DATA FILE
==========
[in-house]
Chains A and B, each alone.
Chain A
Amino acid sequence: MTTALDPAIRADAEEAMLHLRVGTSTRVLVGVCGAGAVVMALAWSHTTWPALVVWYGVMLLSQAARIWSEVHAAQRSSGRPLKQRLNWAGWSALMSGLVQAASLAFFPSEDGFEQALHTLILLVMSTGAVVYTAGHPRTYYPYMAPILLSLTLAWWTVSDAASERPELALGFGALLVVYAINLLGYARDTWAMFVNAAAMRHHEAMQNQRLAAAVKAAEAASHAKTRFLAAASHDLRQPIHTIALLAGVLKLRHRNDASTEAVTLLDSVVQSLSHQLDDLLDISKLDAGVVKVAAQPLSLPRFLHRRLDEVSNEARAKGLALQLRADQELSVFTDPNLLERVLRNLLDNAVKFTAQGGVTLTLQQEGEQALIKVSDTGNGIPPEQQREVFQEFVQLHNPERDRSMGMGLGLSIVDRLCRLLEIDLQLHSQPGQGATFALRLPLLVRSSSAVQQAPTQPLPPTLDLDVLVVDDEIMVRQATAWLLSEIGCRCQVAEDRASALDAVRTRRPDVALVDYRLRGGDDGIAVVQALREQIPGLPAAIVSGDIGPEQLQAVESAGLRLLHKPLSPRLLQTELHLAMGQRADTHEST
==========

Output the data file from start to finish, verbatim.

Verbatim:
[in-house]
Chains A and B, each alone.
Chain A
Amino acid sequence: MTTALDPAIRADAEEAMLHLRVGTSTRVLVGVCGAGAVVMALAWSHTTWPALVVWYGVMLLSQAARIWSEVHAAQRSSGRPLKQRLNWAGWSALMSGLVQAASLAFFPSEDGFEQALHTLILLVMSTGAVVYTAGHPRTYYPYMAPILLSLTLAWWTVSDAASERPELALGFGALLVVYAINLLGYARDTWAMFVNAAAMRHHEAMQNQRLAAAVKAAEAASHAKTRFLAAASHDLRQPIHTIALLAGVLKLRHRNDASTEAVTLLDSVVQSLSHQLDDLLDISKLDAGVVKVAAQPLSLPRFLHRRLDEVSNEARAKGLALQLRADQELSVFTDPNLLERVLRNLLDNAVKFTAQGGVTLTLQQEGEQALIKVSDTGNGIPPEQQREVFQEFVQLHNPERDRSMGMGLGLSIVDRLCRLLEIDLQLHSQPGQGATFALRLPLLVRSSSAVQQAPTQPLPPTLDLDVLVVDDEIMVRQATAWLLSEIGCRCQVAEDRASALDAVRTRRPDVALVDYRLRGGDDGIAVVQALREQIPGLPAAIVSGDIGPEQLQAVESAGLRLLHKPLSPRLLQTELHLAMGQRADTHEST